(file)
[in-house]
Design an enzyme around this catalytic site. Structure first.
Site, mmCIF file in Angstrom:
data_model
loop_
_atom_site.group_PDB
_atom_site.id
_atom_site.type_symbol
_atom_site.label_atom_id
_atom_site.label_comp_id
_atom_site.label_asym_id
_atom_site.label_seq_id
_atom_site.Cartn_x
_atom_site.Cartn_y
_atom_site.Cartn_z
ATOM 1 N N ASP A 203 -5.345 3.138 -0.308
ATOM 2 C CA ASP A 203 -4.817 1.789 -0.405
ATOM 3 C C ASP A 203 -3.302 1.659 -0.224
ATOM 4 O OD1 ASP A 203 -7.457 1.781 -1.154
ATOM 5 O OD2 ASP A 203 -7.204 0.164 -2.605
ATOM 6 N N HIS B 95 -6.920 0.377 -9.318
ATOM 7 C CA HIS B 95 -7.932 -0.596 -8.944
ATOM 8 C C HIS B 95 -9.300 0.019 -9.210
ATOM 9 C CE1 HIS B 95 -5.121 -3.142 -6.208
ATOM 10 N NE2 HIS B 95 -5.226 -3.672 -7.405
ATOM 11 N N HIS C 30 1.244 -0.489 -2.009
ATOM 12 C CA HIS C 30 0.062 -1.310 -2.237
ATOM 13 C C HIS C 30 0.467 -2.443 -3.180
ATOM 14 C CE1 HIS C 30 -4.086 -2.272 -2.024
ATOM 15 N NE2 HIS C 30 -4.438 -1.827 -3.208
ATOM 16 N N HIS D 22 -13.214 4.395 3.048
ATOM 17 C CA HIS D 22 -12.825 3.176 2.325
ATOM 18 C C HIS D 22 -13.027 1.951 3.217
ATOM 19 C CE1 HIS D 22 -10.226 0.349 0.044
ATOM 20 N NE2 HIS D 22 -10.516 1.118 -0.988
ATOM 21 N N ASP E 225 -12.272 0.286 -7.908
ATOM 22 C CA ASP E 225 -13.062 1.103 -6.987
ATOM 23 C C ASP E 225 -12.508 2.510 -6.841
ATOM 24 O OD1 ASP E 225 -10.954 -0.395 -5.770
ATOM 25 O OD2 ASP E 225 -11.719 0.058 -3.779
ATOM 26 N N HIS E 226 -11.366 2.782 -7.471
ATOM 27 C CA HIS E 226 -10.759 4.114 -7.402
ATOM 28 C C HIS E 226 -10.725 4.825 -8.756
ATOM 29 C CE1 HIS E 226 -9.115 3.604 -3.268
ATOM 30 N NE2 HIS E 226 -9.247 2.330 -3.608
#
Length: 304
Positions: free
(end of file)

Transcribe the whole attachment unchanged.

[in-house]
Design an enzyme around this catalytic site. Structure first.
Site, mmCIF file in Angstrom:
data_model
loop_
_atom_site.group_PDB
_atom_site.id
_atom_site.type_symbol
_atom_site.label_atom_id
_atom_site.label_comp_id
_atom_site.label_asym_id
_atom_site.label_seq_id
_atom_site.Cartn_x
_atom_site.Cartn_y
_atom_site.Cartn_z
ATOM 1 N N ASP A 203 -5.345 3.138 -0.308
ATOM 2 C CA ASP A 203 -4.817 1.789 -0.405
ATOM 3 C C ASP A 203 -3.302 1.659 -0.224
ATOM 4 O OD1 ASP A 203 -7.457 1.781 -1.154
ATOM 5 O OD2 ASP A 203 -7.204 0.164 -2.605
ATOM 6 N N HIS B 95 -6.920 0.377 -9.318
ATOM 7 C CA HIS B 95 -7.932 -0.596 -8.944
ATOM 8 C C HIS B 95 -9.300 0.019 -9.210
ATOM 9 C CE1 HIS B 95 -5.121 -3.142 -6.208
ATOM 10 N NE2 HIS B 95 -5.226 -3.672 -7.405
ATOM 11 N N HIS C 30 1.244 -0.489 -2.009
ATOM 12 C CA HIS C 30 0.062 -1.310 -2.237
ATOM 13 C C HIS C 30 0.467 -2.443 -3.180
ATOM 14 C CE1 HIS C 30 -4.086 -2.272 -2.024
ATOM 15 N NE2 HIS C 30 -4.438 -1.827 -3.208
ATOM 16 N N HIS D 22 -13.214 4.395 3.048
ATOM 17 C CA HIS D 22 -12.825 3.176 2.325
ATOM 18 C C HIS D 22 -13.027 1.951 3.217
ATOM 19 C CE1 HIS D 22 -10.226 0.349 0.044
ATOM 20 N NE2 HIS D 22 -10.516 1.118 -0.988
ATOM 21 N N ASP E 225 -12.272 0.286 -7.908
ATOM 22 C CA ASP E 225 -13.062 1.103 -6.987
ATOM 23 C C ASP E 225 -12.508 2.510 -6.841
ATOM 24 O OD1 ASP E 225 -10.954 -0.395 -5.770
ATOM 25 O OD2 ASP E 225 -11.719 0.058 -3.779
ATOM 26 N N HIS E 226 -11.366 2.782 -7.471
ATOM 27 C CA HIS E 226 -10.759 4.114 -7.402
ATOM 28 C C HIS E 226 -10.725 4.825 -8.756
ATOM 29 C CE1 HIS E 226 -9.115 3.604 -3.268
ATOM 30 N NE2 HIS E 226 -9.247 2.330 -3.608
#
Length: 304
Positions: free